You Are Looking Live! How The NFL Today Revolutionized Sports Broadcasting
By Rich Podolsky
Lyons Press; 240 pages; paperback, $19.95, available this August; hardcover, $29.95; eBook, $19.00
Rich Podolsky has been a reporter since the 1970s, covering the Miami Dolphins and writing for The NFL Today. He has also written for CBS Sports, The Philadelphia Daily News, The Palm Beach Post, The Wilmington News-Journal, TV Guide, and ESPN. He has written about the business of television sports for years and is a columnist for David Halberstam's Sports Business Journal. He also has a passion for music of the 1960s and '70s, and is the author of Don Kirshner: The Man With the Golden Ear (foreword by Tony Orlando), and Neil Sedaka, Rock 'n' Roll Survivor (foreword by Elton John).
The latest, incisive book from Podolski, You Are Looking Live! How The NFL Today Revolutionized Sports Broadcasting, not out in paperback focuses on the genius, success, and magic that in 1975 was truly revolutionary and has spawned many shows today.
The NFL Today on CBS was the first NFL studio show to air live before the games, at 12:30 p.m., and it starred Brent Musburger, Phyllis George, Irv Cross, and Jimmy "The Greek" Snyder. It was also the first to have Black and female co-hosts, in Cross and George, and the four dynamic personalities battled each other and the competition, and the country was drawn to them.
Musberger was a sportswriter in Chicago before he became the sports anchor at local station WBBM-TV in 1969. Four years later, he was a rising star at CBS, and did play-by-play on a full slate of NFL games. His on-air partners included Green Bay Packers legend Bart Starr. The following year, there was one weekend that The NFL Today host, Jack Whitaker, was scheduled to be in Ireland one week covering the Irish Derby for the CBS Sports Spectacular, and CBS Sports executive producer Bill Fitts chose Musberger to fill in and he was an instant hit, so much that they considered giving it to Musburger for the rest of the season, but didn't want to offend Whitaker, a CBS legend by that point who also did the Masters.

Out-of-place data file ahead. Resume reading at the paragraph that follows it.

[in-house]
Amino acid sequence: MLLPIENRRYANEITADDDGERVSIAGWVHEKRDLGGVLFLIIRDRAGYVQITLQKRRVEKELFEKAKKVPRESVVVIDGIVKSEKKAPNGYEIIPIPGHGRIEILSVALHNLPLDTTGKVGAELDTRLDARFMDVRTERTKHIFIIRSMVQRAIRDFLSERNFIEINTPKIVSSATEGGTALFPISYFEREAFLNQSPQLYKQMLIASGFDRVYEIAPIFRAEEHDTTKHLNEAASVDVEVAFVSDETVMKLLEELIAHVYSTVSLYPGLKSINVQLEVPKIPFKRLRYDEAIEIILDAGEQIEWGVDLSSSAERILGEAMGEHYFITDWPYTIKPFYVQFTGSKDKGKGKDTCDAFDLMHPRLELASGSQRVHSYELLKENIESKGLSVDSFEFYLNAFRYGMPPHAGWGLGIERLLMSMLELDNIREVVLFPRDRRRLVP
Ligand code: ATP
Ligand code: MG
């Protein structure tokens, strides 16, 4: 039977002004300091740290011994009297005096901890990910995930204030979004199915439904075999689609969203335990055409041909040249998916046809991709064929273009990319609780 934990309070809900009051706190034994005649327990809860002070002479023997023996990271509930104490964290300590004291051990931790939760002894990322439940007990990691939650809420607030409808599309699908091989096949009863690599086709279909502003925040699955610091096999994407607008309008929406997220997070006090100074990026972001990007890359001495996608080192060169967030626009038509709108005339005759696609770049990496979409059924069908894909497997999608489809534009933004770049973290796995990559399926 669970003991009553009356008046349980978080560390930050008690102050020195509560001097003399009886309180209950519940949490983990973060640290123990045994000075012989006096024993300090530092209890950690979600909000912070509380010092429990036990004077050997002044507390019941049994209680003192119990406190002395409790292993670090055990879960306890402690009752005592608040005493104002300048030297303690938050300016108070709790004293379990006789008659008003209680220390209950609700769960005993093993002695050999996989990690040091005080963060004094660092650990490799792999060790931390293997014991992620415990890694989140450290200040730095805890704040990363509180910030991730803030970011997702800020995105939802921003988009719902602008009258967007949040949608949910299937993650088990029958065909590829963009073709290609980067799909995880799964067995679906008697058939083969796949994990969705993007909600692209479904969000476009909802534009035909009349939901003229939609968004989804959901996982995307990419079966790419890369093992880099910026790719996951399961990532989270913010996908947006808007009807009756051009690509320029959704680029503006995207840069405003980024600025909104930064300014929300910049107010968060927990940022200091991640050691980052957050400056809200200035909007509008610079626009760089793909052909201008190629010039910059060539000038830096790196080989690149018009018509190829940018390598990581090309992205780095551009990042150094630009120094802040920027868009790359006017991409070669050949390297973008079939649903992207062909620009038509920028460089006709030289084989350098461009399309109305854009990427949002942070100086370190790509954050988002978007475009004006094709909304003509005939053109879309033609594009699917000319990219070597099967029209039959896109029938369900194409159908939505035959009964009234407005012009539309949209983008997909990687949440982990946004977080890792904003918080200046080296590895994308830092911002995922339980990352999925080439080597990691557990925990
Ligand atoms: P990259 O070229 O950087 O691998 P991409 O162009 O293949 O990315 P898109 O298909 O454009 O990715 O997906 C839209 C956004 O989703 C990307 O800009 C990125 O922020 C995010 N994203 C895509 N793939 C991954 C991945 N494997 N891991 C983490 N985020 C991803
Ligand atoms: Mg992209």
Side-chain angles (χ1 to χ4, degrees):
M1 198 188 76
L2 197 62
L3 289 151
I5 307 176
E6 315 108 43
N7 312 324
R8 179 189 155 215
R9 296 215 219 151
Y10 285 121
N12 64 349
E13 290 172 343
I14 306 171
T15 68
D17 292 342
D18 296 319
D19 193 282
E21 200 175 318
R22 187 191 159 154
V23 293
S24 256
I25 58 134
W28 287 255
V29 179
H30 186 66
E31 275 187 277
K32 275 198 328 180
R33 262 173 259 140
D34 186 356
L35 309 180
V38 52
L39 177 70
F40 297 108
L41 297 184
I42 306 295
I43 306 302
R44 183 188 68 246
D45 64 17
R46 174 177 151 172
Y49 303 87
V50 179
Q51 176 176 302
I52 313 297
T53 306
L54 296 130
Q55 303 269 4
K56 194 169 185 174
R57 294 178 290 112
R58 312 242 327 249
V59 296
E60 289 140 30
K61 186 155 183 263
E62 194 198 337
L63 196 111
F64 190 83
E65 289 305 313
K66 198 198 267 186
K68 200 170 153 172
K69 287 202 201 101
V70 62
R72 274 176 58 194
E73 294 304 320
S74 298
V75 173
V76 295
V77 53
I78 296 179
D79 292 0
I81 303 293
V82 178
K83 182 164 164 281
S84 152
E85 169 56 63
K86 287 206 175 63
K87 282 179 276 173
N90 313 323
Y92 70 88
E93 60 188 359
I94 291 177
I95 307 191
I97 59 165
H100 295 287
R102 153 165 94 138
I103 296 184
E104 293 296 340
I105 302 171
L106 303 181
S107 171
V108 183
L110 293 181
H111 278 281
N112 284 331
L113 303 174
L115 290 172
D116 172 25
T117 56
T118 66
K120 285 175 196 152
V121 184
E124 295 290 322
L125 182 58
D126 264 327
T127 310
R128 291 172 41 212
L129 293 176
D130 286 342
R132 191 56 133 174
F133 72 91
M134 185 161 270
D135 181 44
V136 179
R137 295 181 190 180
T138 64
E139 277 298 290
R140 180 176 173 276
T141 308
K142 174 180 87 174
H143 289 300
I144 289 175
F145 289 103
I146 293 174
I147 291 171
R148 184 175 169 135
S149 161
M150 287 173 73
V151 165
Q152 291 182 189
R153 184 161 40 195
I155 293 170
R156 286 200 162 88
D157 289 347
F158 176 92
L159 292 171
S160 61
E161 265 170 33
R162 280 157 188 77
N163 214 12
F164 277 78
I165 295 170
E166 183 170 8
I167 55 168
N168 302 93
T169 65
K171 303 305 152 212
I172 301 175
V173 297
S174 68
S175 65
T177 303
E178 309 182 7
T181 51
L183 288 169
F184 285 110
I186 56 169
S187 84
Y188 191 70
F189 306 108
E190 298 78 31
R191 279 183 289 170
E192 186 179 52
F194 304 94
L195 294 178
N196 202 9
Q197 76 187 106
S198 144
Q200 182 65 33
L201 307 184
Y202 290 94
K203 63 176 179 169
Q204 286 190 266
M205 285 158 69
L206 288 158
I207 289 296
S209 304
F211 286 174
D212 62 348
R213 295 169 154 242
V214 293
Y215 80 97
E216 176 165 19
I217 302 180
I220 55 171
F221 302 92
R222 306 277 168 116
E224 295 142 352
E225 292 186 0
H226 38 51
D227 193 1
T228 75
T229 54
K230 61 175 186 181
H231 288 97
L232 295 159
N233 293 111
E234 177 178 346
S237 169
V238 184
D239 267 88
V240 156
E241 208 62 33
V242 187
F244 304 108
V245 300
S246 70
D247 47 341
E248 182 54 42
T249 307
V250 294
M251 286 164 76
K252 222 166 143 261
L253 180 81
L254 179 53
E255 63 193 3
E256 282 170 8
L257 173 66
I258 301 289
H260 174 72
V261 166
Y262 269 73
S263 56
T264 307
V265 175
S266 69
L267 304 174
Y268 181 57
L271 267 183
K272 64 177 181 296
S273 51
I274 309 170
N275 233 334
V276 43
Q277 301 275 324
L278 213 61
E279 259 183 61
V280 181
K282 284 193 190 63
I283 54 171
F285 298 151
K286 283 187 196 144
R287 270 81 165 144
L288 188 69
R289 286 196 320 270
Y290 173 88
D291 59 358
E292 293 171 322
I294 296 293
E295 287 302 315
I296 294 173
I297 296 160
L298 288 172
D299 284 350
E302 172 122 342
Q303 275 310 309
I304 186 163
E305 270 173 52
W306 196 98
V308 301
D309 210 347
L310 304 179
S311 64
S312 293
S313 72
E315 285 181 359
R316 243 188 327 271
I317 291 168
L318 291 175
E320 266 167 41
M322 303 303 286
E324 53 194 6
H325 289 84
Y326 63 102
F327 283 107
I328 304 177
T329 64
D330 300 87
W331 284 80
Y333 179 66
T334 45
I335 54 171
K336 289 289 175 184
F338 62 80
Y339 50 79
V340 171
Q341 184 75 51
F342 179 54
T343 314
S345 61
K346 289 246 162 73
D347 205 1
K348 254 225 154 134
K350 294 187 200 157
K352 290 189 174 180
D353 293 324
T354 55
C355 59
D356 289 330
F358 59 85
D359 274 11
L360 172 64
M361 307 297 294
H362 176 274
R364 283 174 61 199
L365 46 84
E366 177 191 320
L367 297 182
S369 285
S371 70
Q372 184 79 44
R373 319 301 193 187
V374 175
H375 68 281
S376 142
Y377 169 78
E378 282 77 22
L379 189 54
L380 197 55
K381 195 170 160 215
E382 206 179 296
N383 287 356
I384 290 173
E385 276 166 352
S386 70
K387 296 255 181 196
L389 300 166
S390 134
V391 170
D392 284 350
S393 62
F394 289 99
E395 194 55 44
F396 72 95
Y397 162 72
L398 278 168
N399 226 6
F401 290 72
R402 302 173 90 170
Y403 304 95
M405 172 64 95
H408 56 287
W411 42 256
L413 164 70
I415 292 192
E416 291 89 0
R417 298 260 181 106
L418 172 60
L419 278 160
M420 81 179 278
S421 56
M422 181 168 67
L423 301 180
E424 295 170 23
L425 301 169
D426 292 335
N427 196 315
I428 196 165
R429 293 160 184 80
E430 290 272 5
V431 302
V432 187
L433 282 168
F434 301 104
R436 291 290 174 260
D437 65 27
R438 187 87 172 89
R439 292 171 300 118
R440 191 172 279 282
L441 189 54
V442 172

George was from Texas and won the Miss America pageant in September 1970, and was an instant sensation, telling Johnny Carson on The Tonight Show, "You'll remember me. I'm the klutzy Miss America." After serving her duties in 1971, when the title was for, which included a US tour of Vietnam, she pursued a broadcasting career the following year. In 1972, one of her first assignments was the Fiesta Bowl in Arizona and she was tasked with interviewing Boston Celtics star Dave Cowens, who cherished his privacy and disliked interviews. Podolsky's account of what she did to get that interview was astonishing. By 1975, she was set for stardom, and her thirteen-week trial evolved into a three-year deal, and less than a year later, she would be on the cover of People magazine.
Cross was a receiver for the Philadelphia Eagles, and he worked with NFL Films while he played, which eventually led to an offer to do analysis on regional NFL games. He also was offered a front-office job by Gil Brandt, the general manager of the Dallas Cowboys. He decided to take the CBS job, and at first they wanted to dress him like Don Cornelius, the host of Soul Train, and Cross said that wasn't exactly his style. He was the first Black employed full-time as a sports analyst on national television. He did analysis for four seasons, and then he was chosen in 1975 to join Musberger and George on The NFL Today.
Jimmy "The Greek" gained fame in 1948 when he correctly bet that Harry Truman would beat Thomas Dewey in the presidential race, with odds ranging from 22-1 to 17-1 that Truman would win. It was such a lock that the next day's Chicago Daily Tribune had the headline "Dewey Defeats Truman." The Steubenville, Ohio, native previously won $250,000 on Franklin Delano Roosevelt's victory in 1940. By the late 1950s, he was in Las Vegas running one of the top sports books in the city the Hollywood Sports Service, which handles close to $2 million a week.